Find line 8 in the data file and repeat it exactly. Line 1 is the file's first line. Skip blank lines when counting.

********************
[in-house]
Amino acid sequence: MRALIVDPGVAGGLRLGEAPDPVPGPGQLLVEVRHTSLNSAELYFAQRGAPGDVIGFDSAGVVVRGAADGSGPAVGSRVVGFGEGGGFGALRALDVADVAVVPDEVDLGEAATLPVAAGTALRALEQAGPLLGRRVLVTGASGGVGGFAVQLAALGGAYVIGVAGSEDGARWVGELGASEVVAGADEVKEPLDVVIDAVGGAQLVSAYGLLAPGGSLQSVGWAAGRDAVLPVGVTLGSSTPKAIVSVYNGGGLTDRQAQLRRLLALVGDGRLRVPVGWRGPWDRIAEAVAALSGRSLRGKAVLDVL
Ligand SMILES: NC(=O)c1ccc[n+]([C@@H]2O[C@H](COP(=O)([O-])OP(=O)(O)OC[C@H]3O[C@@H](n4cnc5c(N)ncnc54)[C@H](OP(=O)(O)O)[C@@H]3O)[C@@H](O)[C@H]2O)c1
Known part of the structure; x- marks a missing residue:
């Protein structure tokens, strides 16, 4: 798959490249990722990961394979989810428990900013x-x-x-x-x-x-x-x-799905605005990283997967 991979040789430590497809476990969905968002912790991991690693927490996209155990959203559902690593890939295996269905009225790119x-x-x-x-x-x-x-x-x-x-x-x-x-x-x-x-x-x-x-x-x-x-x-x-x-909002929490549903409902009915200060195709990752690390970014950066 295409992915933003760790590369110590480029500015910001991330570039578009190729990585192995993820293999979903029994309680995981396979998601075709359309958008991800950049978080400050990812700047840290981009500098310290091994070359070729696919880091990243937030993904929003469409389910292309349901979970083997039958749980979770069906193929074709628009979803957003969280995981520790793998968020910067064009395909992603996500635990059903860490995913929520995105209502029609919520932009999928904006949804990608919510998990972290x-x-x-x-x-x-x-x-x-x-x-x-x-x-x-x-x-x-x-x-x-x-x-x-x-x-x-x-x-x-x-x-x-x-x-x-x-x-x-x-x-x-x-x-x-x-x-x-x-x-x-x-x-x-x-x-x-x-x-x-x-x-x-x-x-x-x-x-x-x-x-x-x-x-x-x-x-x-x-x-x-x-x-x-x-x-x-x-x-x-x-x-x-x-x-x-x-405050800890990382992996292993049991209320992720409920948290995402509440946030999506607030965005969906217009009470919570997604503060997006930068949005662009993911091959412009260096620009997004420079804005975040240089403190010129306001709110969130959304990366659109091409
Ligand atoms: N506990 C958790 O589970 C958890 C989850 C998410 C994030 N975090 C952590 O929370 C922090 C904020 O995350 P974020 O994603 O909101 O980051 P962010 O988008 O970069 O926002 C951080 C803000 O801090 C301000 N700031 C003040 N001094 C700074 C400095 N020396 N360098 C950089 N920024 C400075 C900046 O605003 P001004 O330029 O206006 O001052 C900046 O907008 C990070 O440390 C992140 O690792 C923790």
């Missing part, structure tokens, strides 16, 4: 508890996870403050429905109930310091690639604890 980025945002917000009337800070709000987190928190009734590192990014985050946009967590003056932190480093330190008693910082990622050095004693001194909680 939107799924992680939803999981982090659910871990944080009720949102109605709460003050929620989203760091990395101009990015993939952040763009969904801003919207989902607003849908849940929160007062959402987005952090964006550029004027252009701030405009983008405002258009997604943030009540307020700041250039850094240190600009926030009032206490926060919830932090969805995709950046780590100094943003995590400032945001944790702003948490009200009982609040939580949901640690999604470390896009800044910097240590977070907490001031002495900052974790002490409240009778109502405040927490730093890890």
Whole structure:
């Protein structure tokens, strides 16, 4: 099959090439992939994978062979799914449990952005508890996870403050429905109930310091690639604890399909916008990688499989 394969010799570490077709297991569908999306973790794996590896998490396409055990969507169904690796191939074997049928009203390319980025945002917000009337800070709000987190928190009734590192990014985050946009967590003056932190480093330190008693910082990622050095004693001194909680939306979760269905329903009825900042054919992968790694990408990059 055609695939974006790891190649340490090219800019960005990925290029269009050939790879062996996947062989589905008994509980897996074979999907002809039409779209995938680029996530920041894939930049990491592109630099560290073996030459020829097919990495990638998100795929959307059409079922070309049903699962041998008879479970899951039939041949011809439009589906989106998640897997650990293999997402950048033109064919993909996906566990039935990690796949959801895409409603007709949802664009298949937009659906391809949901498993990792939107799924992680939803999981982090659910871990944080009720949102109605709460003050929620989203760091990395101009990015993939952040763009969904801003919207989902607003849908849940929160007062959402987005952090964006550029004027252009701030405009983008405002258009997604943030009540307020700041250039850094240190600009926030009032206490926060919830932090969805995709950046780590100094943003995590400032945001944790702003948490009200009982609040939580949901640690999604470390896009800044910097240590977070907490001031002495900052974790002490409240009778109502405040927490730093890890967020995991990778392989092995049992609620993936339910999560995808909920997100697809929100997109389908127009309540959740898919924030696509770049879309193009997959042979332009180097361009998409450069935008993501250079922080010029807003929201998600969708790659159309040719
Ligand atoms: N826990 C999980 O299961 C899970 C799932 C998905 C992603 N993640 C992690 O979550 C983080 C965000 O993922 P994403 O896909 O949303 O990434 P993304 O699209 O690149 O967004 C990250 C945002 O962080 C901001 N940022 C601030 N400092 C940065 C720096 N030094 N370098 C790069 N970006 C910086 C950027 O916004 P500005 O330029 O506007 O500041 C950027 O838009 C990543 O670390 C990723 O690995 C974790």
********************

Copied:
Whole structure: